Before getting onto anything else like the CPS. Have you thoroughly checked the primary ignition components on your car to ensure they are all new, or very recently replaced? I may have missed it, but I've not seen anything to suggest this has been done?
By primary ignition components I mean the spark plugs, the leads, the distributor cap and rotor, the coils, the coil trigger modules, and the underbonnet wiring for the coils? The Marelli ignition V12s have what are effectively two ignition systems and all sorts of rough running maladies are caused when one or both starts to play up (including the infamous 'Marelli fire'). When the engine is hot and resistance of some components increase, the problems are more noticeable. When cold the problems often disappear for a while. Make absolutely sure all the primary ignition components are either new or very near new before trying to diagnose other problems.
There are two fuel pumps for the V12 and a module that controls them. If the car has been sitting for a long time the second pump (which only operates under 'full load' conditions) will often seize because it doesn't get much use anyway. The control module can also fail, but this is rare. If your mechanic is going to take the tank out to clean it, get them to check both fuel pumps for operation as well.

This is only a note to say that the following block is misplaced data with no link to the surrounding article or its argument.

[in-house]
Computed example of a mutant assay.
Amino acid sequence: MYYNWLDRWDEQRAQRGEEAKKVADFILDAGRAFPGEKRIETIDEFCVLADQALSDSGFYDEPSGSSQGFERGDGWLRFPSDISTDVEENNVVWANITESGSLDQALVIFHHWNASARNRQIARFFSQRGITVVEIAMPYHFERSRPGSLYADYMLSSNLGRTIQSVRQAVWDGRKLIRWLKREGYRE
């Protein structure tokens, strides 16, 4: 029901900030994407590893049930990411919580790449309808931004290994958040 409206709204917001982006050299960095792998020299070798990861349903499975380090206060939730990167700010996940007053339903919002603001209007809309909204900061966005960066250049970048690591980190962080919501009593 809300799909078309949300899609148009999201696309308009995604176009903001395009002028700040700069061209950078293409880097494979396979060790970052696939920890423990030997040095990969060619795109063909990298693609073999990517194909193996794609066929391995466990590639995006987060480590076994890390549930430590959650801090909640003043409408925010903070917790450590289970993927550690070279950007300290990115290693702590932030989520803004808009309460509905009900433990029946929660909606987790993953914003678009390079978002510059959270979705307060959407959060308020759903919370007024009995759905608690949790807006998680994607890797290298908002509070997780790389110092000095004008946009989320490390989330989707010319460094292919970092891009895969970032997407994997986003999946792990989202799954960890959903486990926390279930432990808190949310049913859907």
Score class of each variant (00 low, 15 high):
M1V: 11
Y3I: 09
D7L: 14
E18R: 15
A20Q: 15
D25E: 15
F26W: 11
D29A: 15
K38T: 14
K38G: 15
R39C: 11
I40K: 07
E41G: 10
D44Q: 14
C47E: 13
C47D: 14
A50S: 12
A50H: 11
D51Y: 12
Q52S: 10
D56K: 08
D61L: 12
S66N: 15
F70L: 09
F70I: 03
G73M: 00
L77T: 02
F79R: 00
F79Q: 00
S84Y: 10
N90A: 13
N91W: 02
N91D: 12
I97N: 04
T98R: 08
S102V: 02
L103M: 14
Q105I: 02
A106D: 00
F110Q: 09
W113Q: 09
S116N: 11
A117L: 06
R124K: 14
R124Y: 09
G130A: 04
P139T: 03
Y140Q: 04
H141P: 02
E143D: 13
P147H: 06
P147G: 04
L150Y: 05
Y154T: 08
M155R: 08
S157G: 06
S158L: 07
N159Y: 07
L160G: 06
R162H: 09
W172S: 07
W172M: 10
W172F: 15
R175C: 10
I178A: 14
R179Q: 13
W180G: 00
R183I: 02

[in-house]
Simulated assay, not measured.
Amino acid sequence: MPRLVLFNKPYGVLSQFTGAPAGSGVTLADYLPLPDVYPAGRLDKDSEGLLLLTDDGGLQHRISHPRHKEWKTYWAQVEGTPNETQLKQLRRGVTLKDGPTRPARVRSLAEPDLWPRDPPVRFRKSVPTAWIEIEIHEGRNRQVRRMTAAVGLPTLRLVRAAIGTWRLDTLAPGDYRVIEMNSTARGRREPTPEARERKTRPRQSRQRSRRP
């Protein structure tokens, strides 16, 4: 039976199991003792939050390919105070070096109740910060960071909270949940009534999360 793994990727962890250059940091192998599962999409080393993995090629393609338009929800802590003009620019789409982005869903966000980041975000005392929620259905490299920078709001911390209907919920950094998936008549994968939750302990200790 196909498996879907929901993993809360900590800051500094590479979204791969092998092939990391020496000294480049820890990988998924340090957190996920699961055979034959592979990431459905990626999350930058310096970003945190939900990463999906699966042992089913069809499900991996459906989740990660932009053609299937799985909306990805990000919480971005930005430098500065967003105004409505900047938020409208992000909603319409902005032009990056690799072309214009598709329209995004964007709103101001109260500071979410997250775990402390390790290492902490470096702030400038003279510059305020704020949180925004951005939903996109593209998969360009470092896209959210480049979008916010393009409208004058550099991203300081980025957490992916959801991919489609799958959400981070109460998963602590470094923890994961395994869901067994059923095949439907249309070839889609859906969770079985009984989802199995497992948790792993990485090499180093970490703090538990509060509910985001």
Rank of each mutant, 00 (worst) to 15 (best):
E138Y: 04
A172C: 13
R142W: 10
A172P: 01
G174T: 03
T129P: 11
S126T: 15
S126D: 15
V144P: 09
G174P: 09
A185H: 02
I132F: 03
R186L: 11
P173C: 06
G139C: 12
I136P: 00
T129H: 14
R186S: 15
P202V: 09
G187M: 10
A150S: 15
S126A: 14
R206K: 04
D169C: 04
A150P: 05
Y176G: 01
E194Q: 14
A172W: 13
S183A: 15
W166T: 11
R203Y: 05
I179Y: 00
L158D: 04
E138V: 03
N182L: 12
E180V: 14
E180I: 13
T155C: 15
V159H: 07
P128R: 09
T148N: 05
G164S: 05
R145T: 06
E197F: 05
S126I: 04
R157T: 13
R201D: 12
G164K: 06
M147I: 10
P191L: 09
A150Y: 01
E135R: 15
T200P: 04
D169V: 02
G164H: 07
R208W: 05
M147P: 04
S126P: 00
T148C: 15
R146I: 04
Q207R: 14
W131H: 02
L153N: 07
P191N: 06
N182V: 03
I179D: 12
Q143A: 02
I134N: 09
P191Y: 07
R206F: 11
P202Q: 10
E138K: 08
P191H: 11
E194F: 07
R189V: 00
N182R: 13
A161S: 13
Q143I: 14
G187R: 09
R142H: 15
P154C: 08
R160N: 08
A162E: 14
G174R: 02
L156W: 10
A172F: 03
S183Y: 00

The V12 has two, almost identical, crankshaft reference sensors - one is crank angle and one is crankshaft speed. One reads off a three pointed 'star' bolted to the back of the crankshaft pulley, the other reads off the torque converter drive plate. They were interchangeable on the 5.3 with Marelli ignition, for some reason on the 6.0 they are slightly different (plug, cable length, whatever). That said, Naki is spot on when he says these rarely fail on the V12.
Like many cars, the crankshaft pulley on the V12 is a harmonic balancer. There is an inner and outer part of the pulley which has a bonded rubber section between the two parts. Over many years the outer section of the pulley can slip in relation to the part bolted to the crank, and since the 'star' is bolted to the outer section of the pulley the two reference sensors are then 'out of synch'. This also causes ignition problems.
The pulley can be checked by either doing a top dead centre (TDC) alignment using the number one piston (PITA), or by setting the engine to TDC using the engine speed sensor teeth on the drive plate (slightly easier PITA). Once the engine is at TDC, if one tip of the star on the pulley isn't in alignment with the crank angle sensor - the outer section of the pulley has slipped.
As mentioned at the start though. Make sure your primary ignition components are all absolutely spot on before doing anything else.
'94 XJ12 (and other toys)